When physiotherapy, yoga and painkillers failed, A mirror reader took to sound therapy to fight her spondylitis problem. She recounts her experience
Nearly seven years ago, a bout of spondylitis put Nandini Rajan Adhvaryu's personal and professional life on hold. Her tutoring job and long hours spent on the computer only worsened the problem. Slowly, the 48-year-old started shirking everyday chores and even began neglecting her daughters' academic work. "The unbearable pain affected my emotional state of mind and social life," she reveals.
She underwent the routine drill of physiotherapy, painkillers and medicines prescribed by her husband, incidentally a homeopath. She also started practising yoga, but the relief was temporary as the pain reoccurred and exacerbated.
Two years ago, a family friend introduced her to sound therapy. It's based on the belief that everything in the cosmos (including humans) has a unique rhythm and pulse. Together it generates a distinct, natural sound frequency. "Every cell consists of 70 per cent water, making our system an excellent conductor of vibrations and sound therapy an effective method of healing," says Harendra Khurana, a music therapist with Sound Space.
The aim is to get the mind in tune with the body with the aid of a healer. At a certain 'zero state', the chakras turn sensitive to sound and the patient can sense the healer's vibrations. Using this interpersonal healing process, Khurana helps people balance their chakras that control all body functions. "An imbalance causes diseases, but if they are in order, it boosts immunity and helps react to medicines. The resonance module helps align the chakras through the power of human voice, bija mantras, music, colour and visualisation," adds Khurana.
During the once-a-week, 45-minute long sound therapy sessions, Adhvaryu was made aware of her chakras. She also learnt to align them by channelising her own voice. The therapy involved reciting the bija mantra with the help of a tanpura where the instrument helped give her the right pitch to create the desired resonance. She mentions, "The process calmed me down. I was able to concentrate on my faulty chakras and my incorrect seating posture. I couldn't do that earlier due to problems such as acidity and anxiety, which were again related to spondylitis."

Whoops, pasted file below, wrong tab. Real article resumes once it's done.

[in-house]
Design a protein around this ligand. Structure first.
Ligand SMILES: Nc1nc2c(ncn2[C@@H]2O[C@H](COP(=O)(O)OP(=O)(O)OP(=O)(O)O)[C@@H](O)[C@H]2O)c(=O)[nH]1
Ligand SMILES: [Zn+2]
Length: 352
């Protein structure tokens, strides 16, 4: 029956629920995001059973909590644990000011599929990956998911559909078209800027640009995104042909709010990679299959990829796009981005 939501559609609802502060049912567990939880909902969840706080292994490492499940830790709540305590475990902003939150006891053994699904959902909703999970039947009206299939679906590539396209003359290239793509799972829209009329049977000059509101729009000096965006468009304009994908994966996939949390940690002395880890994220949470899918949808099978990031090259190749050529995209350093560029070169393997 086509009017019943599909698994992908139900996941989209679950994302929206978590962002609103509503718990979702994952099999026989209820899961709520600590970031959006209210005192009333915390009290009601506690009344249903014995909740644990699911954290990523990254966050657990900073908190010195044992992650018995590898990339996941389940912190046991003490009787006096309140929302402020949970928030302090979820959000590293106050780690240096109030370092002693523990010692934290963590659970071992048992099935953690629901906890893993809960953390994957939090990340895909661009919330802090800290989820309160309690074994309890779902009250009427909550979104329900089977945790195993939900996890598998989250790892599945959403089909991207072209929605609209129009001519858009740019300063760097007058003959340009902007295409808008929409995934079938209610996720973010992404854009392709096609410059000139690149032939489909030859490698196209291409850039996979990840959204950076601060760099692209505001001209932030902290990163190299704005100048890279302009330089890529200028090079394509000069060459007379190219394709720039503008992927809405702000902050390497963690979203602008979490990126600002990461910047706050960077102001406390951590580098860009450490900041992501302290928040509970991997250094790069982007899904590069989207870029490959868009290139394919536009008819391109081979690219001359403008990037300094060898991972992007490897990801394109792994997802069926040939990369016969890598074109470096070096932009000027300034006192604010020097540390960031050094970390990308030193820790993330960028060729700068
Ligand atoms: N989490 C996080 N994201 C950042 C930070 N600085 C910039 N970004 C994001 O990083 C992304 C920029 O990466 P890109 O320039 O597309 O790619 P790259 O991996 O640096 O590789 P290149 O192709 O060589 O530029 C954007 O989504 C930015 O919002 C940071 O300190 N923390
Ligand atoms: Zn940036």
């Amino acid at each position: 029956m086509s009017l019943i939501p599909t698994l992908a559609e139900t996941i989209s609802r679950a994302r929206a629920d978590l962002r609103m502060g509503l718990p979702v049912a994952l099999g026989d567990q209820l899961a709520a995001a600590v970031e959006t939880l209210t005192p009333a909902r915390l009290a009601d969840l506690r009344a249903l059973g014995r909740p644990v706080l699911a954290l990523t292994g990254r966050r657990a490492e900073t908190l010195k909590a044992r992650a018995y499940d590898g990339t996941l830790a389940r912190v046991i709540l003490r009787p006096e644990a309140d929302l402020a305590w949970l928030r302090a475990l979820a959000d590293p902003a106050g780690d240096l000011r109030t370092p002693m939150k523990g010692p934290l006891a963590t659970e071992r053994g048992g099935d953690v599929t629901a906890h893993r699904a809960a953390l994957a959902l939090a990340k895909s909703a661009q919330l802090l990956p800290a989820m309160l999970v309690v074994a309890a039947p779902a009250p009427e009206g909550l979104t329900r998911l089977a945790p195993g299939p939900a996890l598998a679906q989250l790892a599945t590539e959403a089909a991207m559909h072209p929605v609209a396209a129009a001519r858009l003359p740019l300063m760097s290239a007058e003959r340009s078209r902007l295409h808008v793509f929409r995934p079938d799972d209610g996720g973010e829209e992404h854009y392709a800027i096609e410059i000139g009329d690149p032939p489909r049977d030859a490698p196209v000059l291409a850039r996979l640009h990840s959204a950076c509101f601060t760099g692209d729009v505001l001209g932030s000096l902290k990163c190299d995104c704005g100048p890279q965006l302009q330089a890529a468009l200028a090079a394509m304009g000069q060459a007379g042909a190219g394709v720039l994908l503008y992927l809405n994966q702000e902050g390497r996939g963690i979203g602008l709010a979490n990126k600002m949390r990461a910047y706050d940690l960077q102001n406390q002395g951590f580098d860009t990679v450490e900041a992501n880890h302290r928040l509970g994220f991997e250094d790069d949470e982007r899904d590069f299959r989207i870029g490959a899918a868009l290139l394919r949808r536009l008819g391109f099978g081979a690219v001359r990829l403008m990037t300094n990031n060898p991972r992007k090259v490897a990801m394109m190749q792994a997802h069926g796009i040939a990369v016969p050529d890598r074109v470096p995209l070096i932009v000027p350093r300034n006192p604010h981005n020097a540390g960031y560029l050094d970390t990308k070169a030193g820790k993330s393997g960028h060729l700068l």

Within seven months, Adhvaryu witnessed improvement. Today, she is not only fit but has also weaned her body off medication. "I feel more energetic and can put in more hours of work in everyday activities. It has improved my lifestyle, for the better," she smiles.
Know your chakras
The seven chakras which are vulnerable to sound are: root support, sacral, the solar plexus, heart, throat, third eye and crown.
- Starting from the perineum at base of the spine is the root support chakra. Blockages in this chakra could result in spinal problems, weight disorders, premature ejaculations, hemorrhoids and knee troubles.
- The second one, sacral chakra positioned halfway between the pubis and navel, connects the human body to others through feeling, desire, sensation and movement. Any obstacle in this chakra could result in sexual malfunctions, kidney trouble and even result in a stiff lower back.
- The third chakra, the solar plexus is located at the base of the sternum. The blockage in this chakra causes psychosomatic disorders such as depression, anger and even poor digestion.
- Placed at the centre of the chest, the fourth chakra, heart relates to the thymus gland. It encourages feelings of love and compassion.
- The fifth is the throat chakra which helps us experience the world symbolically through vibration and rhythm. Any form of congestion in this chakra causes sore throat, vertigo, allergies, skin diseases and sometimes, difficulty in expressing oneself.
- A healthy sixth chakra, third eye, which is sited a little above and between the eyebrows, creates clarity of thought, inner wisdom and intuition.
- The seventh chakra, crown is the highest in order. It symbolises the highest state of enlightenment and facilitates our spiritual development.